After World War II, the Navy embarked on an ambitious program to develop high-performance swept-wing jet fighters, contracting for the Vought F7U-1 Cutlass, Douglas F4D Skyray, Grumman F10F Jaguar, and McDonnell F3H Demon. All were intended to have afterburning engines and be supersonic, at least in a dive. The F4D was expected to be supersonic in level flight.

There is no question in my mind that XF7U-1 BuNo 122474 was the first U.S. Navy fighter to break the sound barrier, albeit in a dive and then only to Mach 1.006, on 21 June 1950. And that was with the aid of afterburning.

It was only capable of about Mach 0.9 in level flight. The thrust required as you approach Mach 1, the speed of sound (which varies with air temperature) is significant as depicted, approximately, in this illustration.
Note the dramatic steepening of the curve at about Mach 0.9.

None of the other fighters of its generation (or the F7U-3 for that matter) were capable of staying supersonic in level flight either. The XF10F was never dived faster than Mach 0.975 (for one thing, Grumman was never provided an afterburner for its J40 engine) in a single high-speed test flight on 11 October 1952, five months after its first flight. The sleek XF3H Demon, which first flew in August 1951, was probably the fastest, having been dived to Mach 1.3, but as far as I know, it never broke the sound barrier in level flight and the heavier production Demons were not as fast.

What of the F4D? Douglas projected its top speed would be Mach 1.2 in level flight. Its first flight on 21 January 1951 was with an interim J35 engine. After the more powerful J40 finally became available (without an afterburner), an XF4D was dived through the sound barrier in mid 1952. In October, finally equipped with an afterburner, it set an official absolute speed record on a three-km low-altitude, sea-level course of 753.4 mph. That wasn't, however, supersonic. The speed of sound at 15 degrees C and sea level is 761.1 mph but the successful attempt was made, deliberately so, when the temperature had reached almost 37 degrees C (even though it decreases engine thrust, a higher temperature is your friend when you don't have quite enough thrust to go supersonic in level flight) because that raises the speed at which the transonic drag increase begins. The speed of sound was therefore about 790 mph on the course, which means that the XF4D's speed was about Mach 0.95.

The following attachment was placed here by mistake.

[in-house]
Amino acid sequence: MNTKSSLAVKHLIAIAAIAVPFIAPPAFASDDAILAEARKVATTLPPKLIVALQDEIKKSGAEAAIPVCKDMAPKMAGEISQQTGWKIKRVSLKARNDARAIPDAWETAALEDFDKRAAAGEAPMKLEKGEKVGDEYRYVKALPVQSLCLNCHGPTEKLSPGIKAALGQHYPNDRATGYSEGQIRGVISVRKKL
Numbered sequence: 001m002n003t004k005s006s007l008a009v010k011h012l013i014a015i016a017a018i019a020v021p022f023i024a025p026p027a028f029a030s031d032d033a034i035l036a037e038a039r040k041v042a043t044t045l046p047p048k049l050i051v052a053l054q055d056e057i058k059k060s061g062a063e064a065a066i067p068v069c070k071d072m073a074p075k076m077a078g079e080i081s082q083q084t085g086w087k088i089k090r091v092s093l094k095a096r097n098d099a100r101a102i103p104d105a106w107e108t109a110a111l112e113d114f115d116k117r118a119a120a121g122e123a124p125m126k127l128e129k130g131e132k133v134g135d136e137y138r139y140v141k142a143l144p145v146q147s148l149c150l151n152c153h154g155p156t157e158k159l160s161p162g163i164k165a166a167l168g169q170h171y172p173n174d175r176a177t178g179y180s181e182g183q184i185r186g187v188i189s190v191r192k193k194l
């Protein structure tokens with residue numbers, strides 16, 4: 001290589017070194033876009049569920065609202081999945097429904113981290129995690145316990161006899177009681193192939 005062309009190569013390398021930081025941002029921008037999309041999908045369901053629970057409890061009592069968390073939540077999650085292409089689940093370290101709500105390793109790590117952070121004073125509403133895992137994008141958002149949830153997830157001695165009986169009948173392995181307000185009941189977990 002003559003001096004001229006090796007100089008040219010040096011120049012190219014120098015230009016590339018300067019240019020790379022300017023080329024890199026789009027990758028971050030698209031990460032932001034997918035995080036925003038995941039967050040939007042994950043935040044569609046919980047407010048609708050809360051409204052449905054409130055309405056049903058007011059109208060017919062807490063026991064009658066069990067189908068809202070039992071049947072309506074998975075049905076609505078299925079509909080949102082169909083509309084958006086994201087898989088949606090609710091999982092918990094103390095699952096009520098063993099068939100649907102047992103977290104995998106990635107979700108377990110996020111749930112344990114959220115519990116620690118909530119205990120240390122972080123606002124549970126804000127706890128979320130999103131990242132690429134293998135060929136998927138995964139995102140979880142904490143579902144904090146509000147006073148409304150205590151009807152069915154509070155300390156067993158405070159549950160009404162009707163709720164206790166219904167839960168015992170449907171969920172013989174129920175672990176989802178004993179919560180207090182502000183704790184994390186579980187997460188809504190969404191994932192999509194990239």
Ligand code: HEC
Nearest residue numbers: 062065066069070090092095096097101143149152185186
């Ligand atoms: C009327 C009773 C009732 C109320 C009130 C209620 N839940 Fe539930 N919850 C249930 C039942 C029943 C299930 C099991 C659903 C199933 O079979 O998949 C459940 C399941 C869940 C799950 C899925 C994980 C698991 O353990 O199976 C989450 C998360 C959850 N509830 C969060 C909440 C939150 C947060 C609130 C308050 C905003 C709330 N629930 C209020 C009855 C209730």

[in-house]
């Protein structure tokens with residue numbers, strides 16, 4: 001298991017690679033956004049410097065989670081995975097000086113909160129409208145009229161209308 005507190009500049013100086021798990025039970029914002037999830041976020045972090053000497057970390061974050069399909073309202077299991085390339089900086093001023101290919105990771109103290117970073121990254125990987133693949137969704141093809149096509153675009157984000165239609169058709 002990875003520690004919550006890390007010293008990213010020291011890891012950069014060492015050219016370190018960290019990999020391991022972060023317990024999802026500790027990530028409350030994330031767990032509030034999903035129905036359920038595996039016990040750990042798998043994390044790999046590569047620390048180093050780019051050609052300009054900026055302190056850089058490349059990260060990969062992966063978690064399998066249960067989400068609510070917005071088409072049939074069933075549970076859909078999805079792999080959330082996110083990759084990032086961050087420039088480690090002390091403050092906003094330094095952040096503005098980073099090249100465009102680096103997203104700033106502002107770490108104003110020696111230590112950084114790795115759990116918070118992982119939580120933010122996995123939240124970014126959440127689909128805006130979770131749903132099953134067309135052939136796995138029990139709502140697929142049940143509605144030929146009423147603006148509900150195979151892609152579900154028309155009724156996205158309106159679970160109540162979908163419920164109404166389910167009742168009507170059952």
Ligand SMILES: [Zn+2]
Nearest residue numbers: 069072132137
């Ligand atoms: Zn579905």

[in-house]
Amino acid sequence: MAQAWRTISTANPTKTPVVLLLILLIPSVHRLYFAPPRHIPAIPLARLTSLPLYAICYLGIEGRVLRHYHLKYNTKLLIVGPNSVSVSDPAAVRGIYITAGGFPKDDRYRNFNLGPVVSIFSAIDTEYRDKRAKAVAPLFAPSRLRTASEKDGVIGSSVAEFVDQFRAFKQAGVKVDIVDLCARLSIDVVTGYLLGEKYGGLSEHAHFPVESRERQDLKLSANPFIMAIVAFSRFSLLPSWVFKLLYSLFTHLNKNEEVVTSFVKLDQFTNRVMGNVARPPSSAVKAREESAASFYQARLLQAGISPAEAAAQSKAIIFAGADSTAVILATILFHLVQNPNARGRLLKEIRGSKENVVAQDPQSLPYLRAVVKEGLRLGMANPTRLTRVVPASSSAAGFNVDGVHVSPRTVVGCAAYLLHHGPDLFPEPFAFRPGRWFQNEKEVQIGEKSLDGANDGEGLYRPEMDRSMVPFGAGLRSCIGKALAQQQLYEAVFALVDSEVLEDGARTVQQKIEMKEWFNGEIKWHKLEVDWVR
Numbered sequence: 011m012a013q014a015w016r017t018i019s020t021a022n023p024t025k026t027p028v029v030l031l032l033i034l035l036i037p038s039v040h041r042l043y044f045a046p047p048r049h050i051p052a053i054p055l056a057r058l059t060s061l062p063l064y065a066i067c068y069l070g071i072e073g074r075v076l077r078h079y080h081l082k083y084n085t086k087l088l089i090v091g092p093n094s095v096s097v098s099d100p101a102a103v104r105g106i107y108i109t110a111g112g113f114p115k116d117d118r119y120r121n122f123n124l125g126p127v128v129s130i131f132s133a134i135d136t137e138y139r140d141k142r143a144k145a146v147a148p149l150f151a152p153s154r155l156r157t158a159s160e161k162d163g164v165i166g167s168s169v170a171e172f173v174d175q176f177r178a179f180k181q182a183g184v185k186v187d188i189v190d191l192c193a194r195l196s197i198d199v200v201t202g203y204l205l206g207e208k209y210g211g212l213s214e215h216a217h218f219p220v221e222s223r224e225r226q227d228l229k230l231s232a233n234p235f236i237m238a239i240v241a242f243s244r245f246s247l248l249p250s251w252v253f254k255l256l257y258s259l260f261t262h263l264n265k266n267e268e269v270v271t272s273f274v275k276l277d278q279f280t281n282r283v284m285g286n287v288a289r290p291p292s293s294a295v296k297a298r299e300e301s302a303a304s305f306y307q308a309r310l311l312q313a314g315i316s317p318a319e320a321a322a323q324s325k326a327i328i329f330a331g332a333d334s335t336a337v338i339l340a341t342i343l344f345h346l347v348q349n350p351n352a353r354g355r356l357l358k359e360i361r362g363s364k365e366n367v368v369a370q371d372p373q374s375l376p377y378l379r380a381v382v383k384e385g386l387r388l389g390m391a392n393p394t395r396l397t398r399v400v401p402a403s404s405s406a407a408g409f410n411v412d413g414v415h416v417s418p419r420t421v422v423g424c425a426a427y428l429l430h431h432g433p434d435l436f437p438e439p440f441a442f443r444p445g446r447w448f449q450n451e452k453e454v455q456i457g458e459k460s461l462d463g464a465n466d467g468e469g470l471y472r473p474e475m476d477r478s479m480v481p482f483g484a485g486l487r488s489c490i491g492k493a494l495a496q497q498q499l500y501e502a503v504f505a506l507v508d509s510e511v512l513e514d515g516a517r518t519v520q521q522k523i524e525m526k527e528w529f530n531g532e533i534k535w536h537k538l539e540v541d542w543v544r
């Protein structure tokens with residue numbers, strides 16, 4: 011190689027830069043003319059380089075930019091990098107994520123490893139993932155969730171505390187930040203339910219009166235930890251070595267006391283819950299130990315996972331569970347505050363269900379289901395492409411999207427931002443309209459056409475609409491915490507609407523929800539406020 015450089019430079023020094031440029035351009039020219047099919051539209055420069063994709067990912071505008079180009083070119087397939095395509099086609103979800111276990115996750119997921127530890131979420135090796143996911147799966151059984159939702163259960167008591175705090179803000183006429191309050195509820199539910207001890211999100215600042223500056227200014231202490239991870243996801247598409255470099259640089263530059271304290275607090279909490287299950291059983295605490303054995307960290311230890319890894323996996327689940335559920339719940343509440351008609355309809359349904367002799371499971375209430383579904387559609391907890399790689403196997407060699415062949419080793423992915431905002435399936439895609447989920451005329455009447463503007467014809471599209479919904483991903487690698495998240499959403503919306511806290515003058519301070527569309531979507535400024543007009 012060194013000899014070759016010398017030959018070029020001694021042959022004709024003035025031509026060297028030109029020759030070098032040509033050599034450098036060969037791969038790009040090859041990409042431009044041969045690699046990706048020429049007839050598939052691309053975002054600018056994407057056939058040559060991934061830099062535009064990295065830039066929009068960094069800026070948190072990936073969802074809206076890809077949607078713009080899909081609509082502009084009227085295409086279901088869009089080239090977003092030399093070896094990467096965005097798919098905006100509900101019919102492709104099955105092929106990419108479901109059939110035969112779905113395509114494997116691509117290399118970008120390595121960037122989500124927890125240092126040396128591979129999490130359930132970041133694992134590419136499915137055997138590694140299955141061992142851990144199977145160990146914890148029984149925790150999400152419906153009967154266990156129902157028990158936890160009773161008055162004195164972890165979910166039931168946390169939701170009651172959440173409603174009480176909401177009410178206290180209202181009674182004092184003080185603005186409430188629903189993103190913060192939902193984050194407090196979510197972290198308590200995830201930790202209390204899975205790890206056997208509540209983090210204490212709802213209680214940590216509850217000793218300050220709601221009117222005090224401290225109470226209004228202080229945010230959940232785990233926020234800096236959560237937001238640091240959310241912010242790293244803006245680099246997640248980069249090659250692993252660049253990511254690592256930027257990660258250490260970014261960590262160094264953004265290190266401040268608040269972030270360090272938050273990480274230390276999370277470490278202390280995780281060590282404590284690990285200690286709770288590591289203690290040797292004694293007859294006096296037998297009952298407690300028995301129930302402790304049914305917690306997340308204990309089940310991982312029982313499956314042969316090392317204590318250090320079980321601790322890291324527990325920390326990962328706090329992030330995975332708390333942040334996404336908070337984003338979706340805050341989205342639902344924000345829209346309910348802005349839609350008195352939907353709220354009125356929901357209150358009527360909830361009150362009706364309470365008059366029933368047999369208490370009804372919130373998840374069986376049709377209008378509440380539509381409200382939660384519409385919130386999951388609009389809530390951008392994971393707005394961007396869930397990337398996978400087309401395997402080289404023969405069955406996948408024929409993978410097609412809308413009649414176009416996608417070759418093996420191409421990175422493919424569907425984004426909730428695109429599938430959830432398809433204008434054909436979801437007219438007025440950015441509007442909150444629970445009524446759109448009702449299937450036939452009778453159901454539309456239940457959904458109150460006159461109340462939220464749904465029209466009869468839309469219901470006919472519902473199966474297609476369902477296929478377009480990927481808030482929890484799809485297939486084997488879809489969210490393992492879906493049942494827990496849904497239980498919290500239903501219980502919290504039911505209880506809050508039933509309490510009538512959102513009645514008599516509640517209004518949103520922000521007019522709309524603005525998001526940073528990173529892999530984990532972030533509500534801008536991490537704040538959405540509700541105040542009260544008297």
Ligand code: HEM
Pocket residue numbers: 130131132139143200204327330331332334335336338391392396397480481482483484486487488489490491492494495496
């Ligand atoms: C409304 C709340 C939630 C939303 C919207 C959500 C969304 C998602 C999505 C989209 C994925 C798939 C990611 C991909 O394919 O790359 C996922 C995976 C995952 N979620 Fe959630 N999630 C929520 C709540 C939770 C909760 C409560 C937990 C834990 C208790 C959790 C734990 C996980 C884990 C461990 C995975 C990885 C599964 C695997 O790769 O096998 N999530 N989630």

Although Douglas engineers and test pilots strove mightily to reduce the F4D's transonic drag and achieve supersonic speed in level flight, they were unable to do so, as reported by the Navy following its formal acceptance tests in late 1957.

If you restrict claimants to supersonic speed in level flight, there is one other contender, the Grumman F11F Tiger. It was probably the first fighter to be area-ruled by design. Grumman expected it to reach a level flight speed of Mach 1.21. Grumman received "go-ahead" for the program a month before Vought was notified that it had won the OS-130 competition. It first flew, as the F9F-9, on 30 July 1954. However, Grumman didn't receive an afterburner for it until late 1954 or early 1955 and the first attempt to fly supersonically with it on 25 January 1955 was terminated at Mach 1.03 when it failed catastrophically. Wright wasn't able to provide another flight-worthy one for more than a year. In May 1956, the F11F would finally just break the sound barrier in level flight; according to its Standard Aircraft Characteristics Chart, its top speed was Mach 1.1 at 35,000 feet.

Meanwhile, Vought had flown its F8U for the first time on 25 March 1955, breaking the sound barrier in the process, possibly but not necessarily in level flight.

Because of ongoing modifications required to make the F11F suitable for operational use, the F8U was delivered to VX-3, the cognizant Navy Air Development squadron, in December 1956, whereas it didn't receive its first F11F until February 1957. However, deliveries to operational squadrons of both airplanes were made in March 1957 and VX-3 took both aboard for at-sea evaluation in April. In the end, although probably not predicated on the fighters' respective readiness, VF-32 deployed with its F8Us aboard Saratoga on 1 February 1958 while VA-156 with F11Fs didn't go out aboard Shangri-La until 8 March 1958.

So Grumman received a contract for the supersonic F11F a month earlier, flew for the first time several months earlier, went supersonic two months earlier, and then faltered on the back stretch, finally deploying in what amounts to a dead heat. It should also be noted that the F11F was just barely supersonic in level flight, while the F8U was really supersonic. Although when the excellent J79 was substituted for the so-so J65, the F11F could arguably match the F8U in speed and altitude capability...